How Early Winter Snow Conditions Affect Avalanche Danger
By John BufferyFor years I’ve reflected on the season just past and realized that the best days always seem to come in the early season-that moment of raising your arms and dropping in on the very first day, the summer’s yearning satiated instantly with gasps of whirling vapor trails.
Early snows consist of super cold, large, edgy crystals that are bonded (consolidated) with each other or with the surface they rest on. There’s only a thin, white blanket covering the terrain that hides sticks and stones to break your bones. This newer snow doesn’t have enough weight to compress those first couple of snowfalls and help consolidate the base snowpack. It might take over a meter of snow on a slope before there’s enough accumulation to worry about an avalanche (unless the mountains are super smooth, like glaciers or the shale slope on Whistler), but to keep it safe, it’s best to ride where the snow is deepest. Shallow areas can be a catalyst to the first part of an avalanche-the collapse of a thin, weak layer.
Pay Attention To Relief: Convex Slopes Versus Concave SlopesThe ground relief is more visible early season. Convexities (rollovers) are exaggerated, causing more tension at the break over. This tension point would be the “sweet spot” for starting an avalanche on a slope-not such a problem if you ride in the thicker snow depths of concaved (curved-in) basins.
Know Your Aspects
In the early season, mountain aspect plays an important roll in deciding what’s rideable. Cold, northerly facing snow preserves a fairly weak bond. Early season south slopes have a warmer snowpack-the sun’s angles are influential, but not too strong yet. This solar-affected snow has a more consistent, stable snowpack early season. However, these factors will reverse later in the season as the sun becomes stronger.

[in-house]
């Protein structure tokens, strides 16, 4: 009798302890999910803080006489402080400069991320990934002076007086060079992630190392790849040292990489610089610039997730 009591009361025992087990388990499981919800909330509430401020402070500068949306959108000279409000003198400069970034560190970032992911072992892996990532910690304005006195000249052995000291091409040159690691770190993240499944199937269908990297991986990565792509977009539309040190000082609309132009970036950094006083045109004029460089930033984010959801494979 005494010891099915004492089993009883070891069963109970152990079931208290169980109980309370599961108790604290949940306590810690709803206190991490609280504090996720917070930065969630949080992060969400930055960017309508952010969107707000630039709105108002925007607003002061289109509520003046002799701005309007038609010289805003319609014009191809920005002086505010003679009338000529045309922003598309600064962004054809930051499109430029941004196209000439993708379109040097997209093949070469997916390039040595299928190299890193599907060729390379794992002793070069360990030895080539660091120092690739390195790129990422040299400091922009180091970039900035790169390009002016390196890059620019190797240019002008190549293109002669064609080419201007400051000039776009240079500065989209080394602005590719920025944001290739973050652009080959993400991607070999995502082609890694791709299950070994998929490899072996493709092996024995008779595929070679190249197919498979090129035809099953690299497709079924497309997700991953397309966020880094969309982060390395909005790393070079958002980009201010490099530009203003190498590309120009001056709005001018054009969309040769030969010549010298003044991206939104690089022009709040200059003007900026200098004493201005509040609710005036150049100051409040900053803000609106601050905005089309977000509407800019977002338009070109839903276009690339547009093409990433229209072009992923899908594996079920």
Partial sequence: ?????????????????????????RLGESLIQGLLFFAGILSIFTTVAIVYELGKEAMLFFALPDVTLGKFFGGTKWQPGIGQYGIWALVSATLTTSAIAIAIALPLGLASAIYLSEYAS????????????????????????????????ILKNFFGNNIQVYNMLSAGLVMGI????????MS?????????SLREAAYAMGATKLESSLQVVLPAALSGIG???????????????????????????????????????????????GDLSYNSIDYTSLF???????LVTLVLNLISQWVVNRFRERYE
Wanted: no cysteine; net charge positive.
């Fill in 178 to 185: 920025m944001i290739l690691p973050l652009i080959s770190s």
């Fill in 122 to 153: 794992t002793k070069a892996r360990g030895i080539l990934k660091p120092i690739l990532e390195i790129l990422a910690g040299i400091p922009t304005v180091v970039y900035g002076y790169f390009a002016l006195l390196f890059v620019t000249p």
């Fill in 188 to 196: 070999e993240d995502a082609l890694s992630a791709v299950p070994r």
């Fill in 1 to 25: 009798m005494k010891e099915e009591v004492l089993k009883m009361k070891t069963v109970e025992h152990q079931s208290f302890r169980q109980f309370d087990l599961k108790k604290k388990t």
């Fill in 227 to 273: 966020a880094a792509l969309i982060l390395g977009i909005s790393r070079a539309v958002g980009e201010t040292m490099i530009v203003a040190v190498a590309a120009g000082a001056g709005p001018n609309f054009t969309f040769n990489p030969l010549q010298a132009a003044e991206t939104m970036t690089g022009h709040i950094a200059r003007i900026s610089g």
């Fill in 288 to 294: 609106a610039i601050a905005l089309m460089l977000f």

At the beginning of winter, I try to remember all the significant storms and weather events that are lying on the mountain from the past few weeks. I’ll pay attention to the most important character of each storm-noting things like wind slabs on north slopes or sun crust on south ones, or even something as detailed as a surface hoar on the ridge tops.
While you’re out early season, look at the snow three dimensionally. Dig profiles up high and see how those first couple storm layers are bonding to each other. Compare your compression test to your Rutschblock tests, and then compare those with your friends’ observations. If this is where you play, then these are things you should have some information on. You might even want to take a course to gain some ideas on how to make good decisions.
As always-ask, tune in, turn on.
Go to Avalanche.org for links to avalanche-forecasting centers in your area and listings of locally available avalanche courses.